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Saturday, July 23, 2016

July 23, 1916 Letter #47

Can Red Cross Hospital

July 23 1916
Dear Mother 
How is the world in general.  I have been very anxious to know if VV got along all right with her exams I sincerely hope she did.  Things here are very much the same I was at one of their English Dances last night and for the first time in my life I got up in a square dance and I created a lot of fun for the onlookers.  Gee it’s the most foolish dance I ever heard tell of hugging and jumping around like a bunch of Jack Rabbits.
There’s a big parade here this afternoon I guess we will be inspected by some General - or General Nuisance, both the same thing.  Some official comes around about once a week and nobody is allowed out of the building till he has gone.
I was very much surprised to hear that Albert was rejected on that Battalion as they don’t have to so very much mostly all fatigue duty and a person don’t exert themselves on those kind of jobs.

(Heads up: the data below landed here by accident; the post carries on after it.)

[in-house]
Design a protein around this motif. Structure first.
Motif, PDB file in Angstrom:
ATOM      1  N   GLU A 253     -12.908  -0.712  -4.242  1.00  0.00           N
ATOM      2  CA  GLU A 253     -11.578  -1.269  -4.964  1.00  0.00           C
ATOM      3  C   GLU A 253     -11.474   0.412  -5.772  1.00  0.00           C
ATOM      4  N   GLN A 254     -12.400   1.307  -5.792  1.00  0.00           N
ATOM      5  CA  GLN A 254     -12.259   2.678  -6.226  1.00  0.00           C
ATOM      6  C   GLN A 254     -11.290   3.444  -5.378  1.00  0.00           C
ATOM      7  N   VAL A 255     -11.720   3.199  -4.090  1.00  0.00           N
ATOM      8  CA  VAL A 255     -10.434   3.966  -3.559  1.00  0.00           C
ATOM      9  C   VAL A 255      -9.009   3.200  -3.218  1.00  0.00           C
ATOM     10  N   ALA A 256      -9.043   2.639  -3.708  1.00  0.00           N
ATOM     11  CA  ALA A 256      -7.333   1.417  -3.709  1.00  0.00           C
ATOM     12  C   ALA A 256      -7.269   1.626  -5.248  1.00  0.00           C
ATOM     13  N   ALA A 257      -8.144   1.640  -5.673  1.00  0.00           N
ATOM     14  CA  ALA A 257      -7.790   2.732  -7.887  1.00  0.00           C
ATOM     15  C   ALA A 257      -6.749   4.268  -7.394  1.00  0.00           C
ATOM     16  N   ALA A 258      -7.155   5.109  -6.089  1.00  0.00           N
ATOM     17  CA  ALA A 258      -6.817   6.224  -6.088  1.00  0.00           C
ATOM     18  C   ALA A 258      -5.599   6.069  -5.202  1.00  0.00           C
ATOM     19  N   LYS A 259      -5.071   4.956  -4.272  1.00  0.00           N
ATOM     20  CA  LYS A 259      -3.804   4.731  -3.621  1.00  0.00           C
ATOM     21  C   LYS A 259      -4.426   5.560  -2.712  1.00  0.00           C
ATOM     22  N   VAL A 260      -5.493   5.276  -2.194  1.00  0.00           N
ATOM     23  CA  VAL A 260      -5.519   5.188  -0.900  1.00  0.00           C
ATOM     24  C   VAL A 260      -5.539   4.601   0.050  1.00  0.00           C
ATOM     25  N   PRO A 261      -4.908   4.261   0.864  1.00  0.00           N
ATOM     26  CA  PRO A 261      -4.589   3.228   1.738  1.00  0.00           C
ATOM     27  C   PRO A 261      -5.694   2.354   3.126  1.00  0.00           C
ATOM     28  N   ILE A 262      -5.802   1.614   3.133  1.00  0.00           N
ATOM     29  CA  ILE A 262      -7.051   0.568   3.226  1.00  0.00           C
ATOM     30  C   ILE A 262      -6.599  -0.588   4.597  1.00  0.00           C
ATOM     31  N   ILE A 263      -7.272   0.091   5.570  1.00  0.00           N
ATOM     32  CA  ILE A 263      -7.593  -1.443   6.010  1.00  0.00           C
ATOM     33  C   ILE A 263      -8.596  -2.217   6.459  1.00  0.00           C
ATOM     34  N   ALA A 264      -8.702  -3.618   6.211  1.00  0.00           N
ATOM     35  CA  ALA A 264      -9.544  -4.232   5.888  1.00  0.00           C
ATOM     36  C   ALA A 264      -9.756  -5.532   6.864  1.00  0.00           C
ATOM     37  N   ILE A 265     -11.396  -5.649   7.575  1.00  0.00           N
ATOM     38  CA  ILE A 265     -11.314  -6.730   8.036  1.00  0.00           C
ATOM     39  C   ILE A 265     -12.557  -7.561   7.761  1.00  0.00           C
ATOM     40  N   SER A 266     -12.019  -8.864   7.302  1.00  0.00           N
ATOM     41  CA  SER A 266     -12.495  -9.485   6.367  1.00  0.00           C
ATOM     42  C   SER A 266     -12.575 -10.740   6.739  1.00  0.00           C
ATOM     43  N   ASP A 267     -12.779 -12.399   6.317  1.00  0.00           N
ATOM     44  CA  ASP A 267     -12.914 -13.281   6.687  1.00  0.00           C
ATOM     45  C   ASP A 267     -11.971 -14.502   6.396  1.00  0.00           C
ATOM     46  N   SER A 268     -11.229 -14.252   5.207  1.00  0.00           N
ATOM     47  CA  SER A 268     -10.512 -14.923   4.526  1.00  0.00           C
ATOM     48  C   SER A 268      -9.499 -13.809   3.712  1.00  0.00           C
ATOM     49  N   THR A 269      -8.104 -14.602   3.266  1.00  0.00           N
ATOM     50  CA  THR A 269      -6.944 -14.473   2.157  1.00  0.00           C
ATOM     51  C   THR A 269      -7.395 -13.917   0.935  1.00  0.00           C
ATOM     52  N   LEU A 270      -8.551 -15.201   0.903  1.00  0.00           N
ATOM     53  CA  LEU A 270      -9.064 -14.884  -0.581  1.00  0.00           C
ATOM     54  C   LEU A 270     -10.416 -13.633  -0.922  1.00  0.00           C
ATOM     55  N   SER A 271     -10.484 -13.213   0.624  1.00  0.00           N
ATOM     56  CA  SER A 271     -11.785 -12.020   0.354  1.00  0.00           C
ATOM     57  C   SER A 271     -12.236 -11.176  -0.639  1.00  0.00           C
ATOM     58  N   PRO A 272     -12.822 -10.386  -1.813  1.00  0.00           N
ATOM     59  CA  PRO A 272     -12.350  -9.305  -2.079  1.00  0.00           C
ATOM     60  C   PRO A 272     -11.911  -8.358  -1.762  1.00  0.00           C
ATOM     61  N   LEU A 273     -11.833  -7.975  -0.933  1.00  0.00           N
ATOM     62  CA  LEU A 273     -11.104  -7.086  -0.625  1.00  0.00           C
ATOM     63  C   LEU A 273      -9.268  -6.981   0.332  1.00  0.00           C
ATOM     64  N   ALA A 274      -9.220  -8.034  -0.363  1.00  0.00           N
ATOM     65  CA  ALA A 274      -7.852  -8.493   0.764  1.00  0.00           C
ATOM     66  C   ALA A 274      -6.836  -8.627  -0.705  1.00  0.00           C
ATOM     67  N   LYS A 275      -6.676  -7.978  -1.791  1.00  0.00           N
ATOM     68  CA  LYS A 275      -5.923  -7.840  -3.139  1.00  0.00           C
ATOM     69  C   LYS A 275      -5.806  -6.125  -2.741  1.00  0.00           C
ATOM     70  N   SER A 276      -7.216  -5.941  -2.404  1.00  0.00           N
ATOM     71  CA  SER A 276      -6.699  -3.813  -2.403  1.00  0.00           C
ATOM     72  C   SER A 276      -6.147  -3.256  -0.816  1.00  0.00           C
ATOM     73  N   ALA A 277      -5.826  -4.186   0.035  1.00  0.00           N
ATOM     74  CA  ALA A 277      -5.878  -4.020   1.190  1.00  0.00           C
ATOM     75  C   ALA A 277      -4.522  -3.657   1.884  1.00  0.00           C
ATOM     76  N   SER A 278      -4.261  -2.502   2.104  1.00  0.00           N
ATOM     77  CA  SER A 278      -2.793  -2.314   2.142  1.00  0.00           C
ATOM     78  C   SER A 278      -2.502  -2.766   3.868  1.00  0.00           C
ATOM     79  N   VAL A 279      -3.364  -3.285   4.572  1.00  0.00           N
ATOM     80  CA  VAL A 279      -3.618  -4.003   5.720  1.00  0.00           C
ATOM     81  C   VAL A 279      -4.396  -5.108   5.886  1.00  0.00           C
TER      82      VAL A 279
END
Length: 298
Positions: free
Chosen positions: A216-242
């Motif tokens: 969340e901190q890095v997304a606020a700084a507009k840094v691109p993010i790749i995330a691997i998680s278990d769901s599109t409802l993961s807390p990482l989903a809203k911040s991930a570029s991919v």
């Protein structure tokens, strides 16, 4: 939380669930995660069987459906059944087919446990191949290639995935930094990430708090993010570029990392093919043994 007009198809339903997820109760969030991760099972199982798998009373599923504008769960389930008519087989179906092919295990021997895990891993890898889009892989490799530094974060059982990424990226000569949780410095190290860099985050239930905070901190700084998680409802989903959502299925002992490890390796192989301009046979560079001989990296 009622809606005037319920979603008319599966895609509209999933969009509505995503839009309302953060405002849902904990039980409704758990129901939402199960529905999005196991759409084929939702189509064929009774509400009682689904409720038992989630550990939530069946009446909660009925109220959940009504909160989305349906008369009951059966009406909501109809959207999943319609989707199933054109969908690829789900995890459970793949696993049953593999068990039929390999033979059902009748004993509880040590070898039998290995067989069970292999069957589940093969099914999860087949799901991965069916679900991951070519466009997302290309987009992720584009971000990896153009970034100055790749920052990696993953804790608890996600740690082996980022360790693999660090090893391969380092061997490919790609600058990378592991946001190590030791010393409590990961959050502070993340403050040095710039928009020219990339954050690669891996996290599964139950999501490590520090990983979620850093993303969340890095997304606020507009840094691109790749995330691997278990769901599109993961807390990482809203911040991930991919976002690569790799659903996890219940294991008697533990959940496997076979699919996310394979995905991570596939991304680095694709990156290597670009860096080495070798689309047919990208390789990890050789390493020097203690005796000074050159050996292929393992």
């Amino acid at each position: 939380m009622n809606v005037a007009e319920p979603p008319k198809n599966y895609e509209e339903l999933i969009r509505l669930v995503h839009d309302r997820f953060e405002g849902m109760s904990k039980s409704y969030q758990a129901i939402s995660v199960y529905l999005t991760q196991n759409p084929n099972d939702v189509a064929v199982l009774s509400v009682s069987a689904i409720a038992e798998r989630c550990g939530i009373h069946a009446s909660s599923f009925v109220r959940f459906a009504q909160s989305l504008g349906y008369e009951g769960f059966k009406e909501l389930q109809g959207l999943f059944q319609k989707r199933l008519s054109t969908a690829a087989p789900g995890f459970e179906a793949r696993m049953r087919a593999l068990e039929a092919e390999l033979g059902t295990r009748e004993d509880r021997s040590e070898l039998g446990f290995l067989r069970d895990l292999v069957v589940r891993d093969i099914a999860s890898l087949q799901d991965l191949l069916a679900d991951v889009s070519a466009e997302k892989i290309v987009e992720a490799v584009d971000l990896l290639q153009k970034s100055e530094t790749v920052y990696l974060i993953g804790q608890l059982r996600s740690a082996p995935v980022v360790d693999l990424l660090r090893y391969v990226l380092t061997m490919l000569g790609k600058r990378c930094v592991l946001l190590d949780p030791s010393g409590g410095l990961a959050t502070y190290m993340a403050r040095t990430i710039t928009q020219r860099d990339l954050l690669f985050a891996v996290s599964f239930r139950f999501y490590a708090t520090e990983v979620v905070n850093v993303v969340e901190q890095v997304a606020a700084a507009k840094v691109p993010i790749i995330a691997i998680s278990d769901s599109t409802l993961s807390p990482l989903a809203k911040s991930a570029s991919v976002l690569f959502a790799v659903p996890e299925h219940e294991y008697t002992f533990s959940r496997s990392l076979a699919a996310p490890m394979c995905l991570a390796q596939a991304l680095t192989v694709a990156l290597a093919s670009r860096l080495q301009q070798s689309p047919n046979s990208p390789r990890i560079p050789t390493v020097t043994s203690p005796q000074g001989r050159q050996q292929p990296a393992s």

Do you know I would like to be in France for this great move, Gee we are giving them just what the troops have been praying for this last 18 months.  When I was there is was always our fellows that were getting the worst of it and I sure like to see those square heads on the go, I suppose we will have some unsuccessful attacks but the line in general will be greatly changed.
          The wounded that came in to London from this great drive were met at the Station by about 100,000 women or more and literally covered with flowers, I wouldn’t like to write on paper what went through the tommies minds but a fellow who is half dead and hasn’t had a square meal for a couple of months or so, doesn’t feel just inclined to appreciate an instants of that kind.  England is mad over the troops progress and think it is the end of the war but you believe me it is just the turning point, and there will be more slaughter this month and the months following than there has been in six times the length of time in any stage of this war.
          There are thousands upon thousands of wounded coming across every day and Battalion after Battalion going over every day.   If we can hold out in shells there will be some fun.
          Well mother I have got to get all polished up for this parade so remember me to Dad and VV and ans soon
With love

Fighting In Delville Wood, The Somme, 1916
Ed. H.W. Wilson - Official British Military drawing. First published in "The Great War" Ed. H.W. Wilson, 1917 Military Artist drawing of the Battle of Delville Wood, The Somme. July 1916 

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